A Spotlight On Herbs: Turkey and Vegetables Stir-Fry with Basil

I love Thanksgiving because it’s a holiday that is centered around food and family, two things that are of utmost importance to me.” Marcus Samuelsson

Two weekends ago, I cooked my mom and my sister, a gourmet garlic bread with the everyday ingredients in my sister’s fridge.  First, I whipped ½ cup of butter with minced garlic, garlic powder, finely chopped parsley leaves, sea salt and freshly ground pepper. Then I spread the garlic butter on thin slices of hard dough bread, and topped each slice with mozzarella cheese. I also added slices of tomatoes seasoned with sea salt and freshly ground pepper. After that, I placed them in the oven to toast. As the bread was toasting in the oven, I began preparing some extra toppings: a red wine vinegar and syrup mixture to boil, and chopped basil. Yummy, right? My mom thought so, just by the fragrant smell of the basil alone.

earthacooks-com-with-basil-in-a-turkey-veg-stir-fry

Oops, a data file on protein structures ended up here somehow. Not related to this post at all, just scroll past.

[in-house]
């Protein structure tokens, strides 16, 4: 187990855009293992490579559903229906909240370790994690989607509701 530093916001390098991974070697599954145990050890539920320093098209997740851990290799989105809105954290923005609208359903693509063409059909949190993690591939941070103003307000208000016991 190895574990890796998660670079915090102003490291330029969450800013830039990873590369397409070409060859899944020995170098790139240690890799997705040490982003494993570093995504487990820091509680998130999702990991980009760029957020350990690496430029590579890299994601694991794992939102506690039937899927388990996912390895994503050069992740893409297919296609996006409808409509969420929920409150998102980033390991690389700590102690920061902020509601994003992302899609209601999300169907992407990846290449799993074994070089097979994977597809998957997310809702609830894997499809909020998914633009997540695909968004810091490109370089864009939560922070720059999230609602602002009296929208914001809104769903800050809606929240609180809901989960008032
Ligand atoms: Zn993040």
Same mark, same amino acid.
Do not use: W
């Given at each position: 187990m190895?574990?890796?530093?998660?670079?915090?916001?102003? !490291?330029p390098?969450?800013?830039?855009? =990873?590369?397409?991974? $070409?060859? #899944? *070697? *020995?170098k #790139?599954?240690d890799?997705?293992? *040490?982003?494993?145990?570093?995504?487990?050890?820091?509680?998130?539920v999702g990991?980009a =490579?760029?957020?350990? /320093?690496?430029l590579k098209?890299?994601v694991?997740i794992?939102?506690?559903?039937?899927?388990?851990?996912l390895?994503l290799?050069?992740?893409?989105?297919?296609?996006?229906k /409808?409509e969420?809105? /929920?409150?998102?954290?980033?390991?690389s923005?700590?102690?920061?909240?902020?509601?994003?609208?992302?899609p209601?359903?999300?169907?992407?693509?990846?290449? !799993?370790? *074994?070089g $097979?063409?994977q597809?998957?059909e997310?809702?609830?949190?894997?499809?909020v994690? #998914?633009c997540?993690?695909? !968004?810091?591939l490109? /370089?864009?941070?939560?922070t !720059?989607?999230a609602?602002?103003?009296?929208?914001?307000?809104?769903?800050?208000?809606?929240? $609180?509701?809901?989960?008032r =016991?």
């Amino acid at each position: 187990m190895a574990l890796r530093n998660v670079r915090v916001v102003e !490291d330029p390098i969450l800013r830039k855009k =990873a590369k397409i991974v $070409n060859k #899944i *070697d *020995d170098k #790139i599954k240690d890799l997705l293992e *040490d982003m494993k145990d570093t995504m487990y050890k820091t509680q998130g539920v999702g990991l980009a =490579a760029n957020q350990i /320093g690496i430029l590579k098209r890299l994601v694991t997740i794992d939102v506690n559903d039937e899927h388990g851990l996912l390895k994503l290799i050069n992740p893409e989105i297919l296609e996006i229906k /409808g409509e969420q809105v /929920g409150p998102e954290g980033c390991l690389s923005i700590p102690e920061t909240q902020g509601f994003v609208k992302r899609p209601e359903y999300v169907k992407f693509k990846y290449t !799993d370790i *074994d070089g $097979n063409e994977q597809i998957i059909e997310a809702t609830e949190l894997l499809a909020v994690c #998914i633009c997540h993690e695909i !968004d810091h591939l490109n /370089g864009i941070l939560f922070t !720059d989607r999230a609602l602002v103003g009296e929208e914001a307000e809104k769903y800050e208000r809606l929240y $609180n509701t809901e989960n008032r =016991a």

(these are my daughter’s hands…)

Ingredients like thyme, peppermint, scallion, coconut milk, scotch bonnet pepper, and pimento, are essentials in my mom’s kitchen. But I learned this day that basil, a regular item in mine, had never been bought or used by my mom – my inspiration – the protector I stalked non stop in the kitchen growing up. This is actually not surprising though, as thyme reigns king of the herbs in her kitchen. After chuckling to myself at my ‘newbie-to-basil’ mom, I was inspired to write this post; shed a spotlight on this member of the widespread mint family, that is frequently used in my cooking. I was also inspired to buy a book to learn more about herbs in general.

In the spirit of Thanksgiving, basil is a key ingredient in the turkey and vegetables stir-fry recipe that you’ll also see here today.

Basil: Fun Facts

Basil, a classic culinary herb, is a member of the widespread mint family. It is a main ingredient in pesto, along with pine nuts and Parmesan cheese, or, nutritional yeast if making the vegan version. It only takes a few leaves to transform an entire dish.